- 5 out of 5 Stars
- 304 pages
- Expected publication: February 5th, 2019 by John Joseph Adams/Houghton Mifflin Harcourt
“[T]his novel is extraordinary . . . It is Upton Sinclair’s The Jungle, mixed with H. G. Wells’s The Island of Doctor Moreau, set in the creepiest screwed-up town since ’Salem’s Lot . . . [A] major achievement.” — Adam-Troy Castro, Sci-Fi magazine
Swine Hill was full of the dead. Their ghosts were thickest near the abandoned downtown, where so many of the town’s hopes had died generation by generation. They lingered in the places that mattered to them, and people avoided those streets, locked those doors, stopped going into those rooms . . . They could hurt you. Worse, they could change you.
Jane is haunted. Since she was a child, she has carried a ghost girl that feeds on the secrets and fears of everyone around her, whispering to Jane what they are thinking and feeling, even when she doesn’t want to know. Henry, Jane’s brother, is ridden by a genius ghost that forces him to build strange and dangerous machines. Their mother is possessed by a lonely spirit that burns anyone she touches. In Swine Hill, a place of defeat and depletion, there are more dead than living.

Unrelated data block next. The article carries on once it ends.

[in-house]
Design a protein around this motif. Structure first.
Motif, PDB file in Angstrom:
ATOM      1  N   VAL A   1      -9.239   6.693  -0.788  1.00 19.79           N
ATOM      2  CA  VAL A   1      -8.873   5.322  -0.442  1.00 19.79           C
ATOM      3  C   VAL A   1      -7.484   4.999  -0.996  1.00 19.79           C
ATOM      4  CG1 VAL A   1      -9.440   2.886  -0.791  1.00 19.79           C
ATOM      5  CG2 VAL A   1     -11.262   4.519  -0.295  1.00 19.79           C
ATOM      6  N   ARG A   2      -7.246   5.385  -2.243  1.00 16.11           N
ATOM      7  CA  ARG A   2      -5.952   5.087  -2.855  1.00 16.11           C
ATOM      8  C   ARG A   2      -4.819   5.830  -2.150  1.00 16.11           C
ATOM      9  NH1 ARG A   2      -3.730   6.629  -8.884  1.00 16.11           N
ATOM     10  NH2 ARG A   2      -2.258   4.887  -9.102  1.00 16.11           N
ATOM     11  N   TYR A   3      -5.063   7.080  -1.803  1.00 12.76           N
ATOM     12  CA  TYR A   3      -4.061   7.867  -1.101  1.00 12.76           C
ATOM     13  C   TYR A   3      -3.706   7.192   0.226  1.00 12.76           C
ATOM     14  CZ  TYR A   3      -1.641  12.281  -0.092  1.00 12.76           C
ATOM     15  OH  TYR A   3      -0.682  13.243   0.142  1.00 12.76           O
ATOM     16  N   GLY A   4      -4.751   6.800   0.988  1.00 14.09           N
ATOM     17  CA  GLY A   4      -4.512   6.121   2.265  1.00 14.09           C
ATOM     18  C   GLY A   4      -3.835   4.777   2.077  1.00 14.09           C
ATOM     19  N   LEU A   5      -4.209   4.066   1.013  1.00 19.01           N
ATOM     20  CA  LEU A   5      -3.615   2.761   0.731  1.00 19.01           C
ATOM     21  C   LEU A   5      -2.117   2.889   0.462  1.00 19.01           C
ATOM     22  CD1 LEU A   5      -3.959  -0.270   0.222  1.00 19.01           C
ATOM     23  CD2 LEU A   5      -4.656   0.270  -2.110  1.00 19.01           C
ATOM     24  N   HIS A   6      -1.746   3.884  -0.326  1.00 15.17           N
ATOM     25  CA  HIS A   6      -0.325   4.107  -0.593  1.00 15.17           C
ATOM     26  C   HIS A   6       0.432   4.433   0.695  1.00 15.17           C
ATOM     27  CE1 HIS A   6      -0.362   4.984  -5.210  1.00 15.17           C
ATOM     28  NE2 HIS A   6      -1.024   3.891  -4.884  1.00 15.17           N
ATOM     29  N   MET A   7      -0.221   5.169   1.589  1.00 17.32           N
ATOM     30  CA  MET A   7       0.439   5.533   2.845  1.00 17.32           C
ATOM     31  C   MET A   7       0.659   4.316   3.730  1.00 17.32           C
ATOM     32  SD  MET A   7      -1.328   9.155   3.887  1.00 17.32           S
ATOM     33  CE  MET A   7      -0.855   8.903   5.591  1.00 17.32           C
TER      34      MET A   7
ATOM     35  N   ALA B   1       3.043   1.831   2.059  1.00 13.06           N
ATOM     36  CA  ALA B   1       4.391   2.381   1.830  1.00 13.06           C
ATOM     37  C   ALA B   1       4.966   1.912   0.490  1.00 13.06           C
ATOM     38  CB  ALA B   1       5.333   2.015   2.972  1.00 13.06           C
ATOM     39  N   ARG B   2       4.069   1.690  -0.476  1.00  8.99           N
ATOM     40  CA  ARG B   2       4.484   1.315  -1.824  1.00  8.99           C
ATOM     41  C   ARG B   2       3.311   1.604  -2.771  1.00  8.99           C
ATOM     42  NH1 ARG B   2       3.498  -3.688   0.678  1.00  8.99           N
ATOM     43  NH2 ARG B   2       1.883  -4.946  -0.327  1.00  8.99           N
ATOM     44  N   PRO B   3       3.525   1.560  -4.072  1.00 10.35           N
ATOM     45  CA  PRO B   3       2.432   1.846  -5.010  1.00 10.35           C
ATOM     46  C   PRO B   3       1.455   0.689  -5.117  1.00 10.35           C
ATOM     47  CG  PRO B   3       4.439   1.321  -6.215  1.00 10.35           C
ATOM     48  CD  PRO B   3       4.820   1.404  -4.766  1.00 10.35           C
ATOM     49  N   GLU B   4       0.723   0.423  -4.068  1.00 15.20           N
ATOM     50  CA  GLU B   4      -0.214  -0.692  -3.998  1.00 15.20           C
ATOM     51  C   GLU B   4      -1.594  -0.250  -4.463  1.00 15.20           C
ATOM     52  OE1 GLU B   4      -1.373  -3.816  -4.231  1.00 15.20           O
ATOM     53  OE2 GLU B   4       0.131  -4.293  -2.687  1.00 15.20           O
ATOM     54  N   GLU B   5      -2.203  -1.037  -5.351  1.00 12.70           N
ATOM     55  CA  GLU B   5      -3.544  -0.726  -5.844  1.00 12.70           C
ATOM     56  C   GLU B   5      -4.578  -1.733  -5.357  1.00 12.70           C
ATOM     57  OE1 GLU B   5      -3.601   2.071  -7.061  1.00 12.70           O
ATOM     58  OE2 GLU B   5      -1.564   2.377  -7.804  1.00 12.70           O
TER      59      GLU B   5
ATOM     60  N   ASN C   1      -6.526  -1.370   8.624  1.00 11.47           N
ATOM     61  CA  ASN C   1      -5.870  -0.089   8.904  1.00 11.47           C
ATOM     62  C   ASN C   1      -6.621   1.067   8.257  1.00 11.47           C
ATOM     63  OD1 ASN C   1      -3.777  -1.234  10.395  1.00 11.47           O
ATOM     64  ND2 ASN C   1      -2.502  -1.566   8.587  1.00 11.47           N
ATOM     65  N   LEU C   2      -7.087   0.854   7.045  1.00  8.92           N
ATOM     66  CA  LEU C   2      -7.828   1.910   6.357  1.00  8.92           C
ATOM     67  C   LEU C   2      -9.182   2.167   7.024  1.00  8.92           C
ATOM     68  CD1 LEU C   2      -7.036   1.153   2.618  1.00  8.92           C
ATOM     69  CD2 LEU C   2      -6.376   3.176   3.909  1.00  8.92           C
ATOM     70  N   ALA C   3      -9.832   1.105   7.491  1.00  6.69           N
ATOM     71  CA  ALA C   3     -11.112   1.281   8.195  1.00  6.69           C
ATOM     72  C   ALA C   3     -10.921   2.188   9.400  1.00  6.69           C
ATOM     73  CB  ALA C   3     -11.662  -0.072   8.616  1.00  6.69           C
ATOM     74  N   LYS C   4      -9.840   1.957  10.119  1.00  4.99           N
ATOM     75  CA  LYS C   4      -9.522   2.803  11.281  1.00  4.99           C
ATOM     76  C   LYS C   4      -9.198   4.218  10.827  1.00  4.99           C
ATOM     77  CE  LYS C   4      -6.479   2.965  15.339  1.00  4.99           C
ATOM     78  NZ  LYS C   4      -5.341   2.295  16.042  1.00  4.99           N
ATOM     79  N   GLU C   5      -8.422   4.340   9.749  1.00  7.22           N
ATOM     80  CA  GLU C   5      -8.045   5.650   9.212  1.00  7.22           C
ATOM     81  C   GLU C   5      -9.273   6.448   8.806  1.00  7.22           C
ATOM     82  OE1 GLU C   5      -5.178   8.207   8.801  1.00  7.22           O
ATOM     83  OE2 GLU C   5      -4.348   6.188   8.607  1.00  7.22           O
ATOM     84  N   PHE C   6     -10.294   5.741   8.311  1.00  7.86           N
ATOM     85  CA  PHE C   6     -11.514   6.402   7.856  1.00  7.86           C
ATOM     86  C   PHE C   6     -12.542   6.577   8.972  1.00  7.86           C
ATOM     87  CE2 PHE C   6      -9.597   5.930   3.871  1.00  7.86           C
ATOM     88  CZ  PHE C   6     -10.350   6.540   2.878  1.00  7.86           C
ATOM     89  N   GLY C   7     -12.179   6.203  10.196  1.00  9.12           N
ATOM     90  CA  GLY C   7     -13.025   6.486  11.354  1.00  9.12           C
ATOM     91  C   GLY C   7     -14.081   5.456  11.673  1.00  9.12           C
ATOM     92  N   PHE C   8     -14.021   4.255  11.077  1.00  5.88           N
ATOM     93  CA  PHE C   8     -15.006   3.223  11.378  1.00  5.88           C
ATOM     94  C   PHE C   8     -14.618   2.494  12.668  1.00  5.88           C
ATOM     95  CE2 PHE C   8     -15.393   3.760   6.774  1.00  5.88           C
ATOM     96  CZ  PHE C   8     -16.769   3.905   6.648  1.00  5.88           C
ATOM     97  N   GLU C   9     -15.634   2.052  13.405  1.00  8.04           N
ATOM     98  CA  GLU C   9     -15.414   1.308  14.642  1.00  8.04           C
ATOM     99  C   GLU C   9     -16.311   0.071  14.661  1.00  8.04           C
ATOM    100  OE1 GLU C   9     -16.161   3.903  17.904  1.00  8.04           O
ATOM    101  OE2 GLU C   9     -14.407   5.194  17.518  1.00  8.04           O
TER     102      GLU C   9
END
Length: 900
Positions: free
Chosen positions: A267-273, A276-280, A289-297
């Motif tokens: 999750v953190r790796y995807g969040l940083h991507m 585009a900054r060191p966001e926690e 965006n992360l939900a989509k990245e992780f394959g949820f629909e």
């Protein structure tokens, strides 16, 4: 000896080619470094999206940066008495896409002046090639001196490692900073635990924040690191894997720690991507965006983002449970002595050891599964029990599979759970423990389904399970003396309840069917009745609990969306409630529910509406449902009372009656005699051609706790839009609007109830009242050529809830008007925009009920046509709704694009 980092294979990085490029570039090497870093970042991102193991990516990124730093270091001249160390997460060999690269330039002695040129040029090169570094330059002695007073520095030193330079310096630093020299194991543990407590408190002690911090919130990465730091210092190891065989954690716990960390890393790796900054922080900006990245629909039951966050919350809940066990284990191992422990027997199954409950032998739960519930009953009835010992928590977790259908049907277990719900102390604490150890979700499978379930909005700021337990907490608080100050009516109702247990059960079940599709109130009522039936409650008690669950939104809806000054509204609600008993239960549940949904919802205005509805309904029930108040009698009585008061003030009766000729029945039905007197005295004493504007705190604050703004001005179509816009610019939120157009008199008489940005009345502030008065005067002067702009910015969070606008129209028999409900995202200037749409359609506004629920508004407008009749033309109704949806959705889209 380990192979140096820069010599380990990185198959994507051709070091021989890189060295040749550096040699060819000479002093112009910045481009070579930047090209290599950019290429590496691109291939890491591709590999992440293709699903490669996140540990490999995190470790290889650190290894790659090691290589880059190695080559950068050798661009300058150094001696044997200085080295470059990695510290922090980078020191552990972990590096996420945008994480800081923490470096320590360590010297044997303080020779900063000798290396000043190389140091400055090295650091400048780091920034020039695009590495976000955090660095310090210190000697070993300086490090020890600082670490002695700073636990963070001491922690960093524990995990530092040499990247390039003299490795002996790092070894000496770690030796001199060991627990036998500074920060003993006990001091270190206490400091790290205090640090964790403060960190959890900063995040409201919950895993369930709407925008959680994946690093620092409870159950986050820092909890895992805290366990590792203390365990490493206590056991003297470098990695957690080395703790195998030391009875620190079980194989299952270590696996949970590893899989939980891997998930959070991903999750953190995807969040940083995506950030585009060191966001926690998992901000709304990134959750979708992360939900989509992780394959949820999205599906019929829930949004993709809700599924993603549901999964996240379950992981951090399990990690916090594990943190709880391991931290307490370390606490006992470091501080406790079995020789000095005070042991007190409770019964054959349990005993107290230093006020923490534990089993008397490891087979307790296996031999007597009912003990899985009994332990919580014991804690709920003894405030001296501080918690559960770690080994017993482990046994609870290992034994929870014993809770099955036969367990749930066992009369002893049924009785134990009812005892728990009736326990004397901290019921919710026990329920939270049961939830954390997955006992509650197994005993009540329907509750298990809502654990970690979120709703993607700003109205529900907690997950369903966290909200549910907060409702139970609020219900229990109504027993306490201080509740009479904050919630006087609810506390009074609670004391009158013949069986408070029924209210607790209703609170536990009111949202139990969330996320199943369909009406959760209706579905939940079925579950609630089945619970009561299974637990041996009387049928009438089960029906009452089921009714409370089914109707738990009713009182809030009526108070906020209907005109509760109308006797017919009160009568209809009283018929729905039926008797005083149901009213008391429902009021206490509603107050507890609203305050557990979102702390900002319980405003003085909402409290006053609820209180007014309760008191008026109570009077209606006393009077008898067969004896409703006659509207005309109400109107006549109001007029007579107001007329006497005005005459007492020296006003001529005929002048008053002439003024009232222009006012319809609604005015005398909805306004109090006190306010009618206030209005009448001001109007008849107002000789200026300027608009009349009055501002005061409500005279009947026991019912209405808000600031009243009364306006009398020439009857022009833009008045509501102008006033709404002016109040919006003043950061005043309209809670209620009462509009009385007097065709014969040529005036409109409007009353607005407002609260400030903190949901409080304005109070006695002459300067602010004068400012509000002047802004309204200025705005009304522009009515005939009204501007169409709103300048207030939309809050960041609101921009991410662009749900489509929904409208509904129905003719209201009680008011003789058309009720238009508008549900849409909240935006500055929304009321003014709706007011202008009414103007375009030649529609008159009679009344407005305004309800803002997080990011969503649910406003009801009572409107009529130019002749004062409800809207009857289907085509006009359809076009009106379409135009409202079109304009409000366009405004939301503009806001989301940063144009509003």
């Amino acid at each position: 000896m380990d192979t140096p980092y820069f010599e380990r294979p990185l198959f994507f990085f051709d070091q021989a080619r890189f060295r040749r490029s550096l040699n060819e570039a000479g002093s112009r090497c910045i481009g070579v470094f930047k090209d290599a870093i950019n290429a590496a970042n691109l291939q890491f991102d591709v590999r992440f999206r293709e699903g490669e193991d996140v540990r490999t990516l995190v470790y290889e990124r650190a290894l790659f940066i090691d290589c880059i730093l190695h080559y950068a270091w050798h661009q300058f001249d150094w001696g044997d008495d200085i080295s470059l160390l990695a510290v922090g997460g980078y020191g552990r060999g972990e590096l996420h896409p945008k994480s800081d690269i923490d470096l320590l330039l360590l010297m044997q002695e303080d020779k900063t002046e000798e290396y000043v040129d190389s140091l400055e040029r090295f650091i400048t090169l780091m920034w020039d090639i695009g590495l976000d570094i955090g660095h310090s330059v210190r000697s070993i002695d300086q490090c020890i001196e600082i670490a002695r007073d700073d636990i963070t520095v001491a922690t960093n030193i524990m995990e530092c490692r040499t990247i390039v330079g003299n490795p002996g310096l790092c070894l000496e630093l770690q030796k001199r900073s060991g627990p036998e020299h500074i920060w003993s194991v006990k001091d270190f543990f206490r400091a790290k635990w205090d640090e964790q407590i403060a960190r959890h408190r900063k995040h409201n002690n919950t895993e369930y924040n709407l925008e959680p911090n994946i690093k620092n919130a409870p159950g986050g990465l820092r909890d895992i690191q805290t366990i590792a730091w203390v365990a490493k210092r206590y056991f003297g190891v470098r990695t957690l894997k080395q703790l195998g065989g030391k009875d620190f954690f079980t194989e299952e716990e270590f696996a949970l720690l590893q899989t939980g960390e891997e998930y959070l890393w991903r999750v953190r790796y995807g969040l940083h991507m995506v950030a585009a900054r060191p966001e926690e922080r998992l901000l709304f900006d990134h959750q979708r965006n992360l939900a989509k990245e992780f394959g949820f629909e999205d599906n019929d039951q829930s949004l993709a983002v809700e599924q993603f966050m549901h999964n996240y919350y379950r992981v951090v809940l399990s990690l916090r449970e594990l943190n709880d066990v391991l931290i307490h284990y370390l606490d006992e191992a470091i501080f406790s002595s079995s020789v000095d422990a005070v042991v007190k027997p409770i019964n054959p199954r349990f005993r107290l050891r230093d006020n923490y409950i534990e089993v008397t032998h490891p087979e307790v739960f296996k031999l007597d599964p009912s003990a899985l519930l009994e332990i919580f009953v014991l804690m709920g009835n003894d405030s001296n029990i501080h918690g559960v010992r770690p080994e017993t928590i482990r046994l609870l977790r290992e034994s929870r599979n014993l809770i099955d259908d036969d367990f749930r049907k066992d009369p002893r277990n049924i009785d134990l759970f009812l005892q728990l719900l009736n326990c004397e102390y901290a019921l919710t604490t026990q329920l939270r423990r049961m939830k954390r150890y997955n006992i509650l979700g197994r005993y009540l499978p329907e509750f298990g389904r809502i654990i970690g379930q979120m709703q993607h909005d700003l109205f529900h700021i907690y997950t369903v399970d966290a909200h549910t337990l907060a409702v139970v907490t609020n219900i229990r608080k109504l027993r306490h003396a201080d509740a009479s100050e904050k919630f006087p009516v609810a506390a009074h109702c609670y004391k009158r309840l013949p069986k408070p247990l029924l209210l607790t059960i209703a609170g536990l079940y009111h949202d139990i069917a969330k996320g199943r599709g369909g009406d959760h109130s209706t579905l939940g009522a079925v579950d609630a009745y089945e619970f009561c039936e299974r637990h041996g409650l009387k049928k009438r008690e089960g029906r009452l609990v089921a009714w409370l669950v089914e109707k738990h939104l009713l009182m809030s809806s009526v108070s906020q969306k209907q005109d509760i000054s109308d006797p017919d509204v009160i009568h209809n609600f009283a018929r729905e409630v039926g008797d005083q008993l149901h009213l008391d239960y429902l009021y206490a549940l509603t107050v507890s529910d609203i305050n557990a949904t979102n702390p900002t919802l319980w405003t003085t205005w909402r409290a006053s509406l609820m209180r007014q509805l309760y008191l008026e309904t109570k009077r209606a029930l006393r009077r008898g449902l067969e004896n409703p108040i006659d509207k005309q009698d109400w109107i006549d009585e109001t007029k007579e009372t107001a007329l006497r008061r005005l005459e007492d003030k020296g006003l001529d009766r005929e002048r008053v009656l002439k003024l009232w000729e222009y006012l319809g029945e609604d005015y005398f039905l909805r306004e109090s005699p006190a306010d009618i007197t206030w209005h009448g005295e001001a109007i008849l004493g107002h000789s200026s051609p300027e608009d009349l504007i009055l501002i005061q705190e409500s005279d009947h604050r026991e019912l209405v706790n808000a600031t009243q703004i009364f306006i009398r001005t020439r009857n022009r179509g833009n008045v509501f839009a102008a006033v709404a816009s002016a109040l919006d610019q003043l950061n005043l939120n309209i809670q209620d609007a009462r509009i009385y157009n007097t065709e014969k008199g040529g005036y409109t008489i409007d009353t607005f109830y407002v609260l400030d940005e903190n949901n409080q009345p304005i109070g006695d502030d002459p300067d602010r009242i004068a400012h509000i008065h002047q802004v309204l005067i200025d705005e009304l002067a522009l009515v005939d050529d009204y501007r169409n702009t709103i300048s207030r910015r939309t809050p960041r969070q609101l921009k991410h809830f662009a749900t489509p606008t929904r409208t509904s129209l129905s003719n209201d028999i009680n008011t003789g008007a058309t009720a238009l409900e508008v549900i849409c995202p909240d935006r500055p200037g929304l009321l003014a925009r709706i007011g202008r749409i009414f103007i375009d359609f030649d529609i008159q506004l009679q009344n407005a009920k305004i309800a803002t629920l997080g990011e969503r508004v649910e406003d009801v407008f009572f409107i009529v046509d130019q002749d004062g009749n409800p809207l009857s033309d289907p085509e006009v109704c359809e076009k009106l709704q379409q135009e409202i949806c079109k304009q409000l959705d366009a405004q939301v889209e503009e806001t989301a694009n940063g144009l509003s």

When new arrivals begin scoring precious jobs at the last factory in town, both the living and the dead are furious. This insult on the end of a long economic decline sparks a conflagration. Buffeted by rage on all sides, Jane must find a way to save her haunted family and escape the town before it kills them.
Swine hill is a place that will hurt your body, wrack your soul at the altar of human selfishness, and destroy you. Imagine living in this place. Imagine working at the store or a packing plant here. Imagine having to share part of your soul with the undead. Hick’s characters do, and for a short time, we readers also do. Hick’s has invented a story that is so rife with pain, imagination, and horrors that if you could take the spawn of Dr. Moreau and The Haunting of Hill House you would have something close to this. Haunt is unsettling in ways that made me uncomfortable deep down in my bones.